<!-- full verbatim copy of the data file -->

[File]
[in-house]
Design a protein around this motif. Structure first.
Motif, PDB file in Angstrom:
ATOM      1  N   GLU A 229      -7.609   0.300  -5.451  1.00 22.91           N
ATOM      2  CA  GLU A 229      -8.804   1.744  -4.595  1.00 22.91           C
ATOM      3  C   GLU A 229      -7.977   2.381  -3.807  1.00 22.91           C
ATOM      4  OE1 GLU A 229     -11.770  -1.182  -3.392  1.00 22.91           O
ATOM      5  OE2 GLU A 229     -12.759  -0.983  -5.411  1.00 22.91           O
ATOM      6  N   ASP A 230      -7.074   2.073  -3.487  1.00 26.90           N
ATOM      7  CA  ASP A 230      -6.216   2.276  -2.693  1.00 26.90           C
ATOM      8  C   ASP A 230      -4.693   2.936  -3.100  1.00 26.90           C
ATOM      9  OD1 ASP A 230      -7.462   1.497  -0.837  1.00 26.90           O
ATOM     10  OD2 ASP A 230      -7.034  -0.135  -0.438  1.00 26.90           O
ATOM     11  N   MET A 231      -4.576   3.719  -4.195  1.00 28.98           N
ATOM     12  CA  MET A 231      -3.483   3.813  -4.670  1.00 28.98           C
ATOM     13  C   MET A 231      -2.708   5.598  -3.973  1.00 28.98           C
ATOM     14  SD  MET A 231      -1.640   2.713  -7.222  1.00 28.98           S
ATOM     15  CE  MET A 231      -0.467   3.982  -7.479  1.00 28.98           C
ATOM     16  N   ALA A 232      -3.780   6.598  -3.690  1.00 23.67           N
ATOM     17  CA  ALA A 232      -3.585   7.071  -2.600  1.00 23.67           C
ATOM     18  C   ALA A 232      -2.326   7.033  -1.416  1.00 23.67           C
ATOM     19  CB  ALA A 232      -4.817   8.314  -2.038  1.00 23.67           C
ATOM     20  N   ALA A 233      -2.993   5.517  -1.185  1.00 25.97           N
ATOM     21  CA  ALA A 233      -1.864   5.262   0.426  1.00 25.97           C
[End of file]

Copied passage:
[in-house]
Design a protein around this motif. Structure first.
Motif, PDB file in Angstrom:
ATOM      1  N   GLU A 229      -7.609   0.300  -5.451  1.00 22.91           N
ATOM      2  CA  GLU A 229      -8.804   1.744  -4.595  1.00 22.91           C
ATOM      3  C   GLU A 229      -7.977   2.381  -3.807  1.00 22.91           C
ATOM      4  OE1 GLU A 229     -11.770  -1.182  -3.392  1.00 22.91           O
ATOM      5  OE2 GLU A 229     -12.759  -0.983  -5.411  1.00 22.91           O
ATOM      6  N   ASP A 230      -7.074   2.073  -3.487  1.00 26.90           N
ATOM      7  CA  ASP A 230      -6.216   2.276  -2.693  1.00 26.90           C
ATOM      8  C   ASP A 230      -4.693   2.936  -3.100  1.00 26.90           C
ATOM      9  OD1 ASP A 230      -7.462   1.497  -0.837  1.00 26.90           O
ATOM     10  OD2 ASP A 230      -7.034  -0.135  -0.438  1.00 26.90           O
ATOM     11  N   MET A 231      -4.576   3.719  -4.195  1.00 28.98           N
ATOM     12  CA  MET A 231      -3.483   3.813  -4.670  1.00 28.98           C
ATOM     13  C   MET A 231      -2.708   5.598  -3.973  1.00 28.98           C
ATOM     14  SD  MET A 231      -1.640   2.713  -7.222  1.00 28.98           S
ATOM     15  CE  MET A 231      -0.467   3.982  -7.479  1.00 28.98           C
ATOM     16  N   ALA A 232      -3.780   6.598  -3.690  1.00 23.67           N
ATOM     17  CA  ALA A 232      -3.585   7.071  -2.600  1.00 23.67           C
ATOM     18  C   ALA A 232      -2.326   7.033  -1.416  1.00 23.67           C
ATOM     19  CB  ALA A 232      -4.817   8.314  -2.038  1.00 23.67           C
ATOM     20  N   ALA A 233      -2.993   5.517  -1.185  1.00 25.97           N
ATOM     21  CA  ALA A 233      -1.864   5.262   0.426  1.00 25.97           C